Experts propose advancing AfCFTA implementation as theme of the next Conference of Ministers


Victoria Falls, Zimbabwe, 2 March 2024, (ECA) -  The next Economic Commission for Africa Conference of African Ministers of Finance, Planning and Economic Development (COM2025) will be held in Ethiopia in March 2025.

At the closing of the Experts Segment of the Conference of African Ministers of Finance, Planning and Economic Development, on 1 March, the meeting proposed to hold COM 2025 in the Ethiopian capital, Addis Ababa on the theme, “Advancing the implementation of the Agreement Establishing the AfCFTA: Proposing Transformative Strategic Actions”.

In making the case for the theme, ECA Deputy Executive Secretary and Chief Economist, Hanan Morsy, said that inter-regional trade in Africa stands at only 13 percent, compared to 55% in Asia and 70% in Europe. Furthermore, we have witnessed disruptions in global supply chains due to global shocks, which has impacted on costs, trade flows, costs, and efficiency.

She stressed that Africa has an opportunity to leverage the African Continental Free Trade Area (AfCFTA) to break into supply chains that would not have been possible before. However, challenges remain in terms of regulatory reforms needed to advance the implementation of the agreement on non-tariff barriers, the high cost of doing business, political impediments and connectivity challenges.

Launched in 2018 by African countries, the AfCFTA is a free trade area to create a single continental market with a population of about 1.3 billion people and a combined GDP of approximately US$3,4  trillion. The Agreement entered into force in 2019. At its full realization, the AfCFTA with the mandate of eliminating trade barriers, will bring together the 55 African Union member states.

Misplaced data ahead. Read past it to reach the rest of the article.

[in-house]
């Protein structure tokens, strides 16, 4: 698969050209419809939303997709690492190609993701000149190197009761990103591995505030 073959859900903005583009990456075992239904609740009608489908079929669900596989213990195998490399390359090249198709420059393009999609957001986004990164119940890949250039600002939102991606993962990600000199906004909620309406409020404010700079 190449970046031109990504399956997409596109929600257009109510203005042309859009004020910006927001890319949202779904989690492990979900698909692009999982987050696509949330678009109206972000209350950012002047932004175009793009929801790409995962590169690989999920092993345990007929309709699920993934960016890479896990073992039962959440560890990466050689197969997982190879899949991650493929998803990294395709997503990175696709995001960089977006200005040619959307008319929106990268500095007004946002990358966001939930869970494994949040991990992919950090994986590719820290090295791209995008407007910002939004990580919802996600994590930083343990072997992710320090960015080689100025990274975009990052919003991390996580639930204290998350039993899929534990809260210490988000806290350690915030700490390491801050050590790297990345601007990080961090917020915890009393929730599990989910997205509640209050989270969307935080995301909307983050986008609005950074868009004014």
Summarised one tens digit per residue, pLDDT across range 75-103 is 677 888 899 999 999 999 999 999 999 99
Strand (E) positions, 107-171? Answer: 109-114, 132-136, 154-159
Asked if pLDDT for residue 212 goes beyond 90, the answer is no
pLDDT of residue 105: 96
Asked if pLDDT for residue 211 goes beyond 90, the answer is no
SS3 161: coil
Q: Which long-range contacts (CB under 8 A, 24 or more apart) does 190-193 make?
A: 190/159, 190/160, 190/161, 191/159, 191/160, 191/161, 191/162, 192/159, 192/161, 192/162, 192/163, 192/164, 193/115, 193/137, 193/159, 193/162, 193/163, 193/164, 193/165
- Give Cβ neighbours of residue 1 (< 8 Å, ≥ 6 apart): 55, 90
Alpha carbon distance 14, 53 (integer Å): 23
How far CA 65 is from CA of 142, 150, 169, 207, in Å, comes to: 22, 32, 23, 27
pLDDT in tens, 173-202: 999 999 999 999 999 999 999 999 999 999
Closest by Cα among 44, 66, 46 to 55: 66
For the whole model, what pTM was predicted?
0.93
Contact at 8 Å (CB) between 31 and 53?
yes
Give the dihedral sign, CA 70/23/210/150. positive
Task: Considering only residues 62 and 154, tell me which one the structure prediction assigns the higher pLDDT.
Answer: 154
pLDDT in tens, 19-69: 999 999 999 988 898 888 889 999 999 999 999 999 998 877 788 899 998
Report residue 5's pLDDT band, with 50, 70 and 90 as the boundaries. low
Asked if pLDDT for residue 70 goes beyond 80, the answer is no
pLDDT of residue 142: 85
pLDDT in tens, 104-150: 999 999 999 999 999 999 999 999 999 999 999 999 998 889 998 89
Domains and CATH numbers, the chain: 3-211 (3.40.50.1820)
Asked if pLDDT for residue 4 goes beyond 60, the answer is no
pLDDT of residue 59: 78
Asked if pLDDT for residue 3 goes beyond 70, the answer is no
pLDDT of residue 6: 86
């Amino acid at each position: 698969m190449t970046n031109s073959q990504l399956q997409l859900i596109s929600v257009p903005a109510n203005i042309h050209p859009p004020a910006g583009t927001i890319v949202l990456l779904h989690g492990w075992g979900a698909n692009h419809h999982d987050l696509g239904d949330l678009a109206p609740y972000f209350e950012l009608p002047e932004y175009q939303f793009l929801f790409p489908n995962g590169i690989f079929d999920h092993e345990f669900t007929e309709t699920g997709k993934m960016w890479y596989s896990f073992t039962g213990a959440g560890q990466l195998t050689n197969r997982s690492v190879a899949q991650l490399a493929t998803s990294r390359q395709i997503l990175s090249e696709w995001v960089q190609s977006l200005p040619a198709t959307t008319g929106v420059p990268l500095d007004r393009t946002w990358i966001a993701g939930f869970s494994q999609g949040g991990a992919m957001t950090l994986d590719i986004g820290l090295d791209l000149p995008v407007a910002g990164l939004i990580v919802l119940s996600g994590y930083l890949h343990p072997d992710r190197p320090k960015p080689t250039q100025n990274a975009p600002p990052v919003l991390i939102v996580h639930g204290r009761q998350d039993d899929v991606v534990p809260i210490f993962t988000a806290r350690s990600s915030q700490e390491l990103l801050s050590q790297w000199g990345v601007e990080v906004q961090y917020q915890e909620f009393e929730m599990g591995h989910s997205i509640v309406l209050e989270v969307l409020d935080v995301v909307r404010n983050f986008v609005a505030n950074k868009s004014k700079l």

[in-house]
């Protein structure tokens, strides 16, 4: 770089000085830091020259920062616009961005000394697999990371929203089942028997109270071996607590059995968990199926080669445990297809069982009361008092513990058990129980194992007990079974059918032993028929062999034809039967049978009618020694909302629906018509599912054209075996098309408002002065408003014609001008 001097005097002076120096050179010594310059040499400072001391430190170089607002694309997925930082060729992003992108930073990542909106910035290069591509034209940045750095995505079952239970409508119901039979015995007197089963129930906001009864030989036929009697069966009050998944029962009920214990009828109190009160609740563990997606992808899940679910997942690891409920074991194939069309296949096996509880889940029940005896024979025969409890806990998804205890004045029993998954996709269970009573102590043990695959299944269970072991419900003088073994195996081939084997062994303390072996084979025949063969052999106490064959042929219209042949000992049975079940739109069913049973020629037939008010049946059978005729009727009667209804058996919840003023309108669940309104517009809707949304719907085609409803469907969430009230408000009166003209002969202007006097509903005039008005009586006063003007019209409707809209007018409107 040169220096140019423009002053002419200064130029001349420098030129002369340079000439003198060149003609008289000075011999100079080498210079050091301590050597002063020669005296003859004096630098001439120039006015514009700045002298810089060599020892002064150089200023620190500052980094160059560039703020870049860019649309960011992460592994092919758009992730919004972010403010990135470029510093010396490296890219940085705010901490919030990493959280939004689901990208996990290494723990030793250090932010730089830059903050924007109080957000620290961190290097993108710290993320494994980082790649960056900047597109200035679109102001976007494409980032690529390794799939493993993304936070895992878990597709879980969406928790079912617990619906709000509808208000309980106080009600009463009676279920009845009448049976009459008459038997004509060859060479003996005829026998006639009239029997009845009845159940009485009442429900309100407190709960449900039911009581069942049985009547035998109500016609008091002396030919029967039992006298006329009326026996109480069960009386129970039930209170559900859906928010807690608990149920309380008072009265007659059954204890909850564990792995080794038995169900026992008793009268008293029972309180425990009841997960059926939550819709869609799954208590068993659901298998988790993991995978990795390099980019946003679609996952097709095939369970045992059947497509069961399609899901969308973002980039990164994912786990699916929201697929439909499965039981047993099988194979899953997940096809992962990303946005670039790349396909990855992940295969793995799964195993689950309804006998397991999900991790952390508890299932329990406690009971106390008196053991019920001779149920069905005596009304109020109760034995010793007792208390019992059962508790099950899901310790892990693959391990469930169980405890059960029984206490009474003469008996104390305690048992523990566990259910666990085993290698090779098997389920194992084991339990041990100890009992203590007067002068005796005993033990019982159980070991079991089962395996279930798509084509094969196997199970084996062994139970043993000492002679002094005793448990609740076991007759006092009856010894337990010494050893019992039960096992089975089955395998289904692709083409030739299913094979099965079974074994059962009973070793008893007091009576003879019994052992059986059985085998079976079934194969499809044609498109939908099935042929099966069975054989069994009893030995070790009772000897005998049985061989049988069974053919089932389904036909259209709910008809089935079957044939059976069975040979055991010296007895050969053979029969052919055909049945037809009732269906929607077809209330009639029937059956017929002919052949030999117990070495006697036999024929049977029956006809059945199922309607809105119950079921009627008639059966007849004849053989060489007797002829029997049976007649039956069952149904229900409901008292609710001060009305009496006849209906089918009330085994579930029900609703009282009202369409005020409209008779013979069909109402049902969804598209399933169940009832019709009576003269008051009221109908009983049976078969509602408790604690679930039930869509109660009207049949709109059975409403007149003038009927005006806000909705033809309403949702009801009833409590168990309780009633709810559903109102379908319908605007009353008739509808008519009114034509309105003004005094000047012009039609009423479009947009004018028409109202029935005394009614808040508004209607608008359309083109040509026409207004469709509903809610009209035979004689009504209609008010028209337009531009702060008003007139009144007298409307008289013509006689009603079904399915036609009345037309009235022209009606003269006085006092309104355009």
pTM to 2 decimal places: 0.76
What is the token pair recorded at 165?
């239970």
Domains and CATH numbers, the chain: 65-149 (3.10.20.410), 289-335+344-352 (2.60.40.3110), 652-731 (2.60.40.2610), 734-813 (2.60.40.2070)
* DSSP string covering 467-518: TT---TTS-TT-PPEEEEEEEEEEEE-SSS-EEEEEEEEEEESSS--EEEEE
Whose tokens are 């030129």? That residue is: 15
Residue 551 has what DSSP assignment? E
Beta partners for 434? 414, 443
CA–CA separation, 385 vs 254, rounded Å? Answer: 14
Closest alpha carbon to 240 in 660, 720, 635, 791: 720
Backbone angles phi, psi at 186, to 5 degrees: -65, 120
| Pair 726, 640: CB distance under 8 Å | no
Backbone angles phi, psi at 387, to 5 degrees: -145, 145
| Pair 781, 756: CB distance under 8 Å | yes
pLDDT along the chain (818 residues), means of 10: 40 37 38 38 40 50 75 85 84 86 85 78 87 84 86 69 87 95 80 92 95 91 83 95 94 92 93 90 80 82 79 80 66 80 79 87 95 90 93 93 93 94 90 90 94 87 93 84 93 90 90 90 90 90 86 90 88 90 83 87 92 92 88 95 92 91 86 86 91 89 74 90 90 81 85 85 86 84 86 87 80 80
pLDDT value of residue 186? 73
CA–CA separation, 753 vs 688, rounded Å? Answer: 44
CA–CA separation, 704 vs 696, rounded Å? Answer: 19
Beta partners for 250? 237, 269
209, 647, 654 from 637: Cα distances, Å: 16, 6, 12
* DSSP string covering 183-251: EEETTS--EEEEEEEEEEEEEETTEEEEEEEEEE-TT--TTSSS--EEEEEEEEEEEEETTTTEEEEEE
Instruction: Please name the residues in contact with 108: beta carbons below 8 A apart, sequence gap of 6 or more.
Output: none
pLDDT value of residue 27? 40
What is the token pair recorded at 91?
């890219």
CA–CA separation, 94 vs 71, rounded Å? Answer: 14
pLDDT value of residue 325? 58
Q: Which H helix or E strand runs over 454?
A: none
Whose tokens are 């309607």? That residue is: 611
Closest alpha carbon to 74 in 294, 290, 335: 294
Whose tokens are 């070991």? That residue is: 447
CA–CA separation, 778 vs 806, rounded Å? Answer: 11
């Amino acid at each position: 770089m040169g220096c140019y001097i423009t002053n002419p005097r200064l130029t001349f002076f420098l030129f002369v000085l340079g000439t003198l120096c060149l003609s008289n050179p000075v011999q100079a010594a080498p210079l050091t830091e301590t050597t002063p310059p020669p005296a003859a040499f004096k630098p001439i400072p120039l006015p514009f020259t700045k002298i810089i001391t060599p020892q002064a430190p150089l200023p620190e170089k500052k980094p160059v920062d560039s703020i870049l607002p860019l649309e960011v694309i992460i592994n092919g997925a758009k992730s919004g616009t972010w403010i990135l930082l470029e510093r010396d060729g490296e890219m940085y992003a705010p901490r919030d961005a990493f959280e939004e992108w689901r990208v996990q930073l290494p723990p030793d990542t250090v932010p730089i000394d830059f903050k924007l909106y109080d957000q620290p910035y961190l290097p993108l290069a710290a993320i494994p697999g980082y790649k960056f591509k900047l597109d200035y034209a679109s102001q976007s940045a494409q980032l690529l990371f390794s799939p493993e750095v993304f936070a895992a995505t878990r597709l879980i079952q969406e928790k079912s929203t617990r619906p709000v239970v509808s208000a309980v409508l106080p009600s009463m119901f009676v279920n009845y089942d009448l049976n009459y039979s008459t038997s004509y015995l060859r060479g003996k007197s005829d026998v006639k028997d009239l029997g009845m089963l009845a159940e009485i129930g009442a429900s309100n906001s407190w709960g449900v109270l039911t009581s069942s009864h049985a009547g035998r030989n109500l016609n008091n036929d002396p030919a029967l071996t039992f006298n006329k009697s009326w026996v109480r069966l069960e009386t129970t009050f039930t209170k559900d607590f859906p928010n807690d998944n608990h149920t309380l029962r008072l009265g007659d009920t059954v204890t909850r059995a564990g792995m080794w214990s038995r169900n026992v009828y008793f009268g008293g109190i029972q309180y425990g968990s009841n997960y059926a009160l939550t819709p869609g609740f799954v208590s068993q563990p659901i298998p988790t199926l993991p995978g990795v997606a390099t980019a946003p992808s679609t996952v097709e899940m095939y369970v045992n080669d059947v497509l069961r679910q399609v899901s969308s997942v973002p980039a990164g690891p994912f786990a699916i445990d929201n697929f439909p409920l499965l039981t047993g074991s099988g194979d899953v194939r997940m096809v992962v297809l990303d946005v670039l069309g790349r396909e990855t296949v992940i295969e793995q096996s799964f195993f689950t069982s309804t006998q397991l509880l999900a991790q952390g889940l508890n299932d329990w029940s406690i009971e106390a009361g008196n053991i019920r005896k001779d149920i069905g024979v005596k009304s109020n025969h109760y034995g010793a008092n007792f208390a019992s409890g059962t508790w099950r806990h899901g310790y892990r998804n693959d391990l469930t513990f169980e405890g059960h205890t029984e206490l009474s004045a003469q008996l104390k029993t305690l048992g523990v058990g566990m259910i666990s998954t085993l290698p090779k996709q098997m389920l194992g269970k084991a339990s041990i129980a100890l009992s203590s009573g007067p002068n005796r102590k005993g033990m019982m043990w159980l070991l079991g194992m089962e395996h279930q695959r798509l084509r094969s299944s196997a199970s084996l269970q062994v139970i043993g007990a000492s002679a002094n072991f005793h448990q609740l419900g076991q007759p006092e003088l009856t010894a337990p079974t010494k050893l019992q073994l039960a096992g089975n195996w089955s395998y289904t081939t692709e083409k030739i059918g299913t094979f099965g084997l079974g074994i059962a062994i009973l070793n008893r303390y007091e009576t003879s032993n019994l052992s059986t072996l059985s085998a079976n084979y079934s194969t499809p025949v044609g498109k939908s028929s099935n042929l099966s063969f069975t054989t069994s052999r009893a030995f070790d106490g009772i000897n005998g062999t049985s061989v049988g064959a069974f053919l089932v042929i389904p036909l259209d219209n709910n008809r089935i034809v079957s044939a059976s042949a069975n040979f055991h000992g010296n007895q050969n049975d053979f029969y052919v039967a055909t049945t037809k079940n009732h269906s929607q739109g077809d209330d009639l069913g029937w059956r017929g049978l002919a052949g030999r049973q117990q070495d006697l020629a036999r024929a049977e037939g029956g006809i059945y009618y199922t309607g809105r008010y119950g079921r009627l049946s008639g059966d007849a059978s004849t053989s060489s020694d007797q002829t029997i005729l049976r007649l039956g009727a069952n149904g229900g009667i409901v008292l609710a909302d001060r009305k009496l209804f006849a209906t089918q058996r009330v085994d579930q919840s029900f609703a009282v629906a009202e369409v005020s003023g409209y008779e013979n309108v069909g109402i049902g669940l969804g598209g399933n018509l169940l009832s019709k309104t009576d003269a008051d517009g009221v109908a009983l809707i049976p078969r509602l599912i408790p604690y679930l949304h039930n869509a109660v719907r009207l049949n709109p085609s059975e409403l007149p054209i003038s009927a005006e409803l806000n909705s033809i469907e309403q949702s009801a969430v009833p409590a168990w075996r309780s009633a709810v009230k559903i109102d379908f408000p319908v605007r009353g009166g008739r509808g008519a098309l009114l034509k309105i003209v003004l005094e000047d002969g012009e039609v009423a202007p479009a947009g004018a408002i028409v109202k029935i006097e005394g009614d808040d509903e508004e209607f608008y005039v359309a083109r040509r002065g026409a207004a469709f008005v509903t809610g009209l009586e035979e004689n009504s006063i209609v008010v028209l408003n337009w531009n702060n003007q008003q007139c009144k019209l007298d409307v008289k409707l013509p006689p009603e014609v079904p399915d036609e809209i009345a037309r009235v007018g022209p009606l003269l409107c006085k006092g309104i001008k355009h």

Ms. Morsy said in proposing the theme on the AfCFTA, policy makers must consider the game changers for advancing the implementation of the free trade agreement which include developing and advancing cross border payments systems, high cost of transportation across Africa and using the AfCFTA agreement to advance the development of carbon markets.

Ms. Morsy said Africa was at the cusp of the Fourth Industrial Revolution and this was happening at a time the continent was grappling with challenges of limited internet access and poor infrastructure. It was critical for Africa to improve access to digital services and also address the skills and education gap.

“One of the things we can look to incorporate when we are talking about the AfCFTA is the need for regional integration to address the issue of food security and energy transformation,” said Ms. Morsy, noting that without addressing the huge energy gap, Africa cannot accelerate industrialization and address food insecurity.

The 2025 edition will bring together African Ministers of Finance, Planning and Economic Development, governors of central banks, and entities of the United Nations system. In addition, it will include the participation of pan-African financial institutions, youth representatives, African academic and research institutions, development partners, intergovernmental organizations and other key stakeholders on an annual basis to engage and exchange views on the state of economic and social developments in Africa.